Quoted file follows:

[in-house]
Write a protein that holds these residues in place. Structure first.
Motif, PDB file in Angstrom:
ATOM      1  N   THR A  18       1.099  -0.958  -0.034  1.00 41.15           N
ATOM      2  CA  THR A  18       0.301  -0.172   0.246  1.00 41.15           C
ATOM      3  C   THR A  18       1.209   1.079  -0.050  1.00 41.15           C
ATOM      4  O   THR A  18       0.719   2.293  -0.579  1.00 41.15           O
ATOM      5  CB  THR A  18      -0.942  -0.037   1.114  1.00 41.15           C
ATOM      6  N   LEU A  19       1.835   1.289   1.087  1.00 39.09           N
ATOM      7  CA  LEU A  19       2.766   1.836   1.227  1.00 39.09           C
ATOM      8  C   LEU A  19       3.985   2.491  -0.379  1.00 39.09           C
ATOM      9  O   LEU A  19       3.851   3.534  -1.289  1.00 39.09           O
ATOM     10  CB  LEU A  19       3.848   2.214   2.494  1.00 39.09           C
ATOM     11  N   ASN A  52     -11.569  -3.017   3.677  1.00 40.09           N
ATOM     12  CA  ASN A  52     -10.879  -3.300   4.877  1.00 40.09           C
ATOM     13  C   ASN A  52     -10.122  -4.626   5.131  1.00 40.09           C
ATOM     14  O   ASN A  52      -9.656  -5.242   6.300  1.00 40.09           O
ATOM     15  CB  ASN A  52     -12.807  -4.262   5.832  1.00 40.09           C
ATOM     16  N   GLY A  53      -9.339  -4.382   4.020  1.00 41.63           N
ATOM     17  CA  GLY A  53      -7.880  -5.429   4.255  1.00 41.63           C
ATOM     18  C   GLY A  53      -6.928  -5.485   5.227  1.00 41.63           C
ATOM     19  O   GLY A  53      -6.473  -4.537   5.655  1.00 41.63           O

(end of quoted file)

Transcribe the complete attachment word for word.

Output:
[in-house]
Write a protein that holds these residues in place. Structure first.
Motif, PDB file in Angstrom:
ATOM      1  N   THR A  18       1.099  -0.958  -0.034  1.00 41.15           N
ATOM      2  CA  THR A  18       0.301  -0.172   0.246  1.00 41.15           C
ATOM      3  C   THR A  18       1.209   1.079  -0.050  1.00 41.15           C
ATOM      4  O   THR A  18       0.719   2.293  -0.579  1.00 41.15           O
ATOM      5  CB  THR A  18      -0.942  -0.037   1.114  1.00 41.15           C
ATOM      6  N   LEU A  19       1.835   1.289   1.087  1.00 39.09           N
ATOM      7  CA  LEU A  19       2.766   1.836   1.227  1.00 39.09           C
ATOM      8  C   LEU A  19       3.985   2.491  -0.379  1.00 39.09           C
ATOM      9  O   LEU A  19       3.851   3.534  -1.289  1.00 39.09           O
ATOM     10  CB  LEU A  19       3.848   2.214   2.494  1.00 39.09           C
ATOM     11  N   ASN A  52     -11.569  -3.017   3.677  1.00 40.09           N
ATOM     12  CA  ASN A  52     -10.879  -3.300   4.877  1.00 40.09           C
ATOM     13  C   ASN A  52     -10.122  -4.626   5.131  1.00 40.09           C
ATOM     14  O   ASN A  52      -9.656  -5.242   6.300  1.00 40.09           O
ATOM     15  CB  ASN A  52     -12.807  -4.262   5.832  1.00 40.09           C
ATOM     16  N   GLY A  53      -9.339  -4.382   4.020  1.00 41.63           N
ATOM     17  CA  GLY A  53      -7.880  -5.429   4.255  1.00 41.63           C
ATOM     18  C   GLY A  53      -6.928  -5.485   5.227  1.00 41.63           C
ATOM     19  O   GLY A  53      -6.473  -4.537   5.655  1.00 41.63           O